NEW AUSTRALIAN FICTION:
FROM reading the blurbs to Jacqueline Wright’s (no relation) Red Dirt Talking (Fremantle Press, 352pp, $27.99) and Sue Woolfe’s The Oldest Song in the World (Fourth Estate, 393pp, $29.99) you might almost think they were one and the same book.
A white woman in her 30s with issues goes to the outback on academic research and learns how to live with herself and with Aboriginal culture.
Of the two Red Dirt Talking is the stronger. In fact it’s hard to think of a recent Australian novel where the characters are so well realised.
The story unfolds in two alternating parts, both set in the fictional northwest West Australian town of Ransom and its neighbouring Aboriginal community of Yindi, both converging on the disappearance of a young Aboriginal girl known as Kuj.
Part one consists of the first-person narration of Maggot, Ransom’s garbage collector, hoarder and trader in abandoned goods.
Here we get to know the town, its peculiar economy, eccentric inhabitants and understandable obsession with cyclones.
Wright has excelled here in creating a portrait of a culture populated by odd bods and outcasts.
It’s a well-known path, but there’s real sinew in the world she builds and the way her characters resist the folksy quirkiness that so often leads such stories into wearying cuteness is superb.
The second part of the narrative is in the third person and concerns the journey of Annie, who has arrived in Ransom to conduct research into Aboriginal massacres at the same time as she is running away, like many of her fellow residents, from the train wreck of her personal life.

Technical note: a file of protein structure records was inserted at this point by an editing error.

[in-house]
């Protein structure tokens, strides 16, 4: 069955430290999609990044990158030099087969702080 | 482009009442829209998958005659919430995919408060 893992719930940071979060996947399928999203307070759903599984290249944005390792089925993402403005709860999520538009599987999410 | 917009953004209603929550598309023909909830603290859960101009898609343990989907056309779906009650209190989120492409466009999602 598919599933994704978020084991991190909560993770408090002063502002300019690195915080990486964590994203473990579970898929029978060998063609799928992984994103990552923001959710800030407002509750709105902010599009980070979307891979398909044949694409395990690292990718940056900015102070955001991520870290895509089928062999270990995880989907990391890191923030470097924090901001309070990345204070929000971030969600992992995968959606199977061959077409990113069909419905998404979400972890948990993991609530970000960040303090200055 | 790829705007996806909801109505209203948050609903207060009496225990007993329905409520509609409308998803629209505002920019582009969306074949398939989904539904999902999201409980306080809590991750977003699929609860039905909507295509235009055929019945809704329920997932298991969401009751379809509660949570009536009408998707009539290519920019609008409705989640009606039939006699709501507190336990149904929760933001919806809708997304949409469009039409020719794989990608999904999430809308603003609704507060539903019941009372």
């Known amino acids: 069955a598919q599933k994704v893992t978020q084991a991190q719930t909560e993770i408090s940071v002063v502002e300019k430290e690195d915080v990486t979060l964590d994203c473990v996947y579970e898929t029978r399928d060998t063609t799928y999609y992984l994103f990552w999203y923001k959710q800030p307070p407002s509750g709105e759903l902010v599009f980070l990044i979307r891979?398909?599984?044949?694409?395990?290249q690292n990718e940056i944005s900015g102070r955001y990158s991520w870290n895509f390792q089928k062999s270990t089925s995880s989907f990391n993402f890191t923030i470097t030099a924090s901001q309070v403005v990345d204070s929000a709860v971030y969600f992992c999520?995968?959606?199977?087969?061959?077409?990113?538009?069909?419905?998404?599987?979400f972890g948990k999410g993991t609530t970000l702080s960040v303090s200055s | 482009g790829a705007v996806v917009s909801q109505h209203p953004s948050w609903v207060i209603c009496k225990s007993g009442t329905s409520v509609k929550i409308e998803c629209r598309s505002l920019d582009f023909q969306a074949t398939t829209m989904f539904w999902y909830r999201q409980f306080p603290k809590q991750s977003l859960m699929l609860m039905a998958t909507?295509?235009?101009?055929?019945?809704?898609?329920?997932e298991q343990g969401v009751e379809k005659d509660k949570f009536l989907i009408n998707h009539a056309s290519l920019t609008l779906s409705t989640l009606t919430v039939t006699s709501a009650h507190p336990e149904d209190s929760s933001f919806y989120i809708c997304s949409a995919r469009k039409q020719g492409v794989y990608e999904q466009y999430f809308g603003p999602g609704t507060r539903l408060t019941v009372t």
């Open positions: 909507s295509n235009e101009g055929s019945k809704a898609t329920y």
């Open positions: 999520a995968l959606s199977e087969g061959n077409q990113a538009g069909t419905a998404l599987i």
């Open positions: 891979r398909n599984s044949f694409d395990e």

From Ransom she arrives in Yindi fired with up with the abstract righteousness of academic morality only to encounter her subjects’ ambivalence towards her cause.
As she grows into life at Yindi and becomes immersed in the logics of her new community, her old certainties shear off and her way of seeing the world begins to change.
Annie is a great character, not completely likable, but so well rendered we are compelled.
has worked as a teacher and linguist in northwest Western Australia and the experience is strongly evident.
Red Dirt Talking is wise in its understanding of cross-cultural transitions and the complex play of agency between Aboriginal and white Australia is a feature of the book.
Wright’s language is beautiful, often surprising and her knowledge is embedded in the way her characters’ speak. It’s a personal judgment, but for me this is one of those rare novels that actually changes the way you look at the world.
The Oldest the World intriguing but endeavour.
Its protagonist is Kate, who begins the novel as a book stacker in a library. There’s a broken and obsessional quality to her, almost as if she were an escapee from a Mary Gaitskill novel, a combination of low self-esteem and private rules. She meets a linguistics professor, the formidable E. E. Albert, in her library and is improbably identified as a student of outstanding potential. Some months later, having disappointed her mentor, she is sent on a mission of redemption: to find a dying Aboriginal woman and record her song. Like Annie, she finds the significance of her academic project diminishes in the desert where she falls under the spell of Adrian, the cranky maverick manager of the health clinic, who is more to Kate than he initially seems.
Like Annie, Kate undergoes a kind of transformation, yet there’s a disconnect between the strange, neurotic but interesting Song in is an flawed Kate of the opening and the more simpatico Kate who narrates her adventures in the desert. The connection between her past life and desert adventure also feels too contrived. The Oldest Song in the World is a novel whose risks haven’t quite paid off. That said, Woolfe is a writer with considerable powers of observation, and her intelligence and sensitivity show through despite the flawed container of this plot.